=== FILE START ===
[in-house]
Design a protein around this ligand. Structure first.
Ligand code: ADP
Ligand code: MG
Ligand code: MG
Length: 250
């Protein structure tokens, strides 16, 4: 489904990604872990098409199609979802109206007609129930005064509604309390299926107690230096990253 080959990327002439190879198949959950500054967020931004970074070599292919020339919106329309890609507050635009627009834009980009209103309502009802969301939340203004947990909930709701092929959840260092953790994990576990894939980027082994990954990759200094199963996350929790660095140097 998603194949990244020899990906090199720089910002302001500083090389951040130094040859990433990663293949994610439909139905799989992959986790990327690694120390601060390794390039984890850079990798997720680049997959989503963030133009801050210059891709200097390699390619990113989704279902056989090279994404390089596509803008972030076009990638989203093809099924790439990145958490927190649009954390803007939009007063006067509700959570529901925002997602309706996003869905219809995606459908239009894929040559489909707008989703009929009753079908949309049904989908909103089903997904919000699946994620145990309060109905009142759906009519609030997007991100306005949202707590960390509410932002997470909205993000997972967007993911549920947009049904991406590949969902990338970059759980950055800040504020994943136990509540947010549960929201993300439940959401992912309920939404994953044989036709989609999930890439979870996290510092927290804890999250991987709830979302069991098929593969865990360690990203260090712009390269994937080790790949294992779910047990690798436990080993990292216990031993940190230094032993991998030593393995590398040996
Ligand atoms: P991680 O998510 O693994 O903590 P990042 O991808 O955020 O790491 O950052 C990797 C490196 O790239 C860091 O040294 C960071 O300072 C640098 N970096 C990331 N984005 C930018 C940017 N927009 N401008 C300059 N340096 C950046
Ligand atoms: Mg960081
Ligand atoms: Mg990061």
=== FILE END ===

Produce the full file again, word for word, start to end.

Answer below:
[in-house]
Design a protein around this ligand. Structure first.
Ligand code: ADP
Ligand code: MG
Ligand code: MG
Length: 250
């Protein structure tokens, strides 16, 4: 489904990604872990098409199609979802109206007609129930005064509604309390299926107690230096990253 080959990327002439190879198949959950500054967020931004970074070599292919020339919106329309890609507050635009627009834009980009209103309502009802969301939340203004947990909930709701092929959840260092953790994990576990894939980027082994990954990759200094199963996350929790660095140097 998603194949990244020899990906090199720089910002302001500083090389951040130094040859990433990663293949994610439909139905799989992959986790990327690694120390601060390794390039984890850079990798997720680049997959989503963030133009801050210059891709200097390699390619990113989704279902056989090279994404390089596509803008972030076009990638989203093809099924790439990145958490927190649009954390803007939009007063006067509700959570529901925002997602309706996003869905219809995606459908239009894929040559489909707008989703009929009753079908949309049904989908909103089903997904919000699946994620145990309060109905009142759906009519609030997007991100306005949202707590960390509410932002997470909205993000997972967007993911549920947009049904991406590949969902990338970059759980950055800040504020994943136990509540947010549960929201993300439940959401992912309920939404994953044989036709989609999930890439979870996290510092927290804890999250991987709830979302069991098929593969865990360690990203260090712009390269994937080790790949294992779910047990690798436990080993990292216990031993940190230094032993991998030593393995590398040996
Ligand atoms: P991680 O998510 O693994 O903590 P990042 O991808 O955020 O790491 O950052 C990797 C490196 O790239 C860091 O040294 C960071 O300072 C640098 N970096 C990331 N984005 C930018 C940017 N927009 N401008 C300059 N340096 C950046
Ligand atoms: Mg960081
Ligand atoms: Mg990061």